Keywords: Bulgaria, inclusive schools, mainstreaming, support for schools
One School for All
|Name of Organisation||Centre for Inclusive Education|
|Type of organisation||NGO|
|Funding model||Funding to date has been through grants. The programme costs schools €5,200 for a year, plus overhead and coordination costs of €1,300.|
The ‘One School For All’ programme works with schools at all levels – culture, policies, practices – and with all stakeholders, including consultation with students with disabilities, and is the first whole school approach to inclusive education in Bulgaria. The programme leads to an improvement in teachers’ understanding of inclusive education, teacher and parent attitudes to inclusive education and teachers’ understanding of their responsibility for inclusive education. Teachers report being more confident in communicating with parents and students have better experiences in school. The practice has grown from 5 schools in 2014/15 to 12 schools in 2018/19. Thanks to the partnership with the schools in the programme in Bulgaria, the Centre for Inclusive Education (CIE) was actively involved in the consultations for inclusive education with the national parliament and the Ministry of Education in developing a new law on education.
THEORY OF CHANGE
We asked projects to outline their impact model (also called Theory of Change) – their main target groups, the key activities they offer these target groups, and what impact they want to achieve:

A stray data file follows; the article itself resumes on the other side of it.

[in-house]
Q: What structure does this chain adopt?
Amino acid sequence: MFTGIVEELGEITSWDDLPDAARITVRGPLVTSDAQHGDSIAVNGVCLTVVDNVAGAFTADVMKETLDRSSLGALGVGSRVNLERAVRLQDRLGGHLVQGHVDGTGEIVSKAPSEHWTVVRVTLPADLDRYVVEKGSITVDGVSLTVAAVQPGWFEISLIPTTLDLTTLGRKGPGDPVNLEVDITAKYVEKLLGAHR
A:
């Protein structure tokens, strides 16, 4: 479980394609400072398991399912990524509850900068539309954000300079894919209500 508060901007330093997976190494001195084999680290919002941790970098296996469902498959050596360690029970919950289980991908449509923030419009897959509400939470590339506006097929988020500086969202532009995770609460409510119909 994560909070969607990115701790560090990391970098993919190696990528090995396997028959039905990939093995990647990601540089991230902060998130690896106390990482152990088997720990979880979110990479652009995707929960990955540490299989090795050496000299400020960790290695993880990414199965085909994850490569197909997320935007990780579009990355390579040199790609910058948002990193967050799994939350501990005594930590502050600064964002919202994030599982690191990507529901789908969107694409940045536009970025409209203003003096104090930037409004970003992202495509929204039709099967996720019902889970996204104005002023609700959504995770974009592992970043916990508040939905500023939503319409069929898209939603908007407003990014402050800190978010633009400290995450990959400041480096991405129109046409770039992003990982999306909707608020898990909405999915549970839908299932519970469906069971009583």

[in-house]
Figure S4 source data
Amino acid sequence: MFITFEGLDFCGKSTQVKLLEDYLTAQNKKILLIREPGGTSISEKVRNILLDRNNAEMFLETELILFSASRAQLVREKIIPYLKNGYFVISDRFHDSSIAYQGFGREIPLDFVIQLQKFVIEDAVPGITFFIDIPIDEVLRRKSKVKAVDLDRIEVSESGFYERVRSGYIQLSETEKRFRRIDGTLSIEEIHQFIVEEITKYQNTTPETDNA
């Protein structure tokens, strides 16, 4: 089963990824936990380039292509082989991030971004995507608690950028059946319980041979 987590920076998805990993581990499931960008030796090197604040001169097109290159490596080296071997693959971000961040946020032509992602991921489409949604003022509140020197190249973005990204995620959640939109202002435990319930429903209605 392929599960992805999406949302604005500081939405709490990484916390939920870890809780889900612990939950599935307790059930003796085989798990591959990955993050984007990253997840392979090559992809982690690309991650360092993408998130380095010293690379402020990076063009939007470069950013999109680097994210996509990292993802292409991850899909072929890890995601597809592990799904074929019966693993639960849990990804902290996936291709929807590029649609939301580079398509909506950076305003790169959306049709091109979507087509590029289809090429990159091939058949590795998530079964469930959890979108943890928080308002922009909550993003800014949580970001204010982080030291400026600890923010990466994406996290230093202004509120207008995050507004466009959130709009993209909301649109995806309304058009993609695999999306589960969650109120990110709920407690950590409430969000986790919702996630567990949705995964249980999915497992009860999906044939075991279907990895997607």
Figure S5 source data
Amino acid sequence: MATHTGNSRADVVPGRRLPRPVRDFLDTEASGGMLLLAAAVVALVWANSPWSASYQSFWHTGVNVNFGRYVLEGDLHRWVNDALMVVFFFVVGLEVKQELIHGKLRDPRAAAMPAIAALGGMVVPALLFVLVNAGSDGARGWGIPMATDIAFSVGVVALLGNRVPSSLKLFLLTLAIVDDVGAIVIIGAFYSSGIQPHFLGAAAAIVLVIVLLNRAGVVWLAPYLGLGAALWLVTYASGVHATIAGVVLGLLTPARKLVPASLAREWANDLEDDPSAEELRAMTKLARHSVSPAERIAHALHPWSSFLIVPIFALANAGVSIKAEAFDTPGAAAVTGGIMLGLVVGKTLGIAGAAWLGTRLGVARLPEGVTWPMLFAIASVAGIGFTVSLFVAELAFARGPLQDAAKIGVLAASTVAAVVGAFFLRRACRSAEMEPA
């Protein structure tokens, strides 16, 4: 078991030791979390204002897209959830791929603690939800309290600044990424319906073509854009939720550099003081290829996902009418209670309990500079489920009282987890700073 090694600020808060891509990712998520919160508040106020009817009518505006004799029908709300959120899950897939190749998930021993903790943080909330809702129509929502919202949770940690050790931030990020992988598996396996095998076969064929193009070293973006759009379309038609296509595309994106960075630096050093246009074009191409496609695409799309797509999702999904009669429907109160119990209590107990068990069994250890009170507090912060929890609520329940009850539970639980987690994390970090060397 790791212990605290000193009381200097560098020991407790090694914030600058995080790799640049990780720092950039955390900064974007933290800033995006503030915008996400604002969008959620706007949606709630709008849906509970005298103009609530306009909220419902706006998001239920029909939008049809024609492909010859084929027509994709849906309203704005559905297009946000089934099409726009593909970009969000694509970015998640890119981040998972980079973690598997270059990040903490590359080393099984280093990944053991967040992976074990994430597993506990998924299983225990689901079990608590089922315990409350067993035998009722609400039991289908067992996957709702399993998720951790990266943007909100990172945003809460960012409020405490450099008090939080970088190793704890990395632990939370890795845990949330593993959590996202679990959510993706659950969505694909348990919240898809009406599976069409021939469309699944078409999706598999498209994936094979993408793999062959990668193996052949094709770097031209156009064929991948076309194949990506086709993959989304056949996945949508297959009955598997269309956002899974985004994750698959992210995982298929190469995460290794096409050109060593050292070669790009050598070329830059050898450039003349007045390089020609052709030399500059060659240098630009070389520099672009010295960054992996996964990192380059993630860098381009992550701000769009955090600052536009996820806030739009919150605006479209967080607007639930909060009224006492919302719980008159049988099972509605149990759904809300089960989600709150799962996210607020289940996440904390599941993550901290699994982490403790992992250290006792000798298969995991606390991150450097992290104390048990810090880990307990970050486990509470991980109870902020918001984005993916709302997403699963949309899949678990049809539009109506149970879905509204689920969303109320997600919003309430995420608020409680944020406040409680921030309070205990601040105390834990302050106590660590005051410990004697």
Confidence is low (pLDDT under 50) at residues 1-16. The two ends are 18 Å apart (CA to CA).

|Teachers||Trainings, mentorship||After one year of work, improvement in teachers’ understanding of inclusive education (IE):|
+34% considering that IE is for all students
+18% IE is for the teachers
+24% IE is for the parents)
Improvement in teachers’ attitudes to IE:
|Parents||Teachers conduct activities to improve the relationship with parents and their participation in school||Improved parents’ support to diversity in school (12%) (3 years after the work starts). Improved parent’s involvement in the school (differs by school).|
|Students||Teachers attitudes toward students; teachers teaching practices.||Improved students’perception to the school: 14%; Improved students perception about the teachers support to them: 10%; Improved students perception of|
their participation in the school: 18%; Improved students acceptance for diversity: 26% (3 years after the work starts). Improved learning for students with learning difficulties (after the first year of work).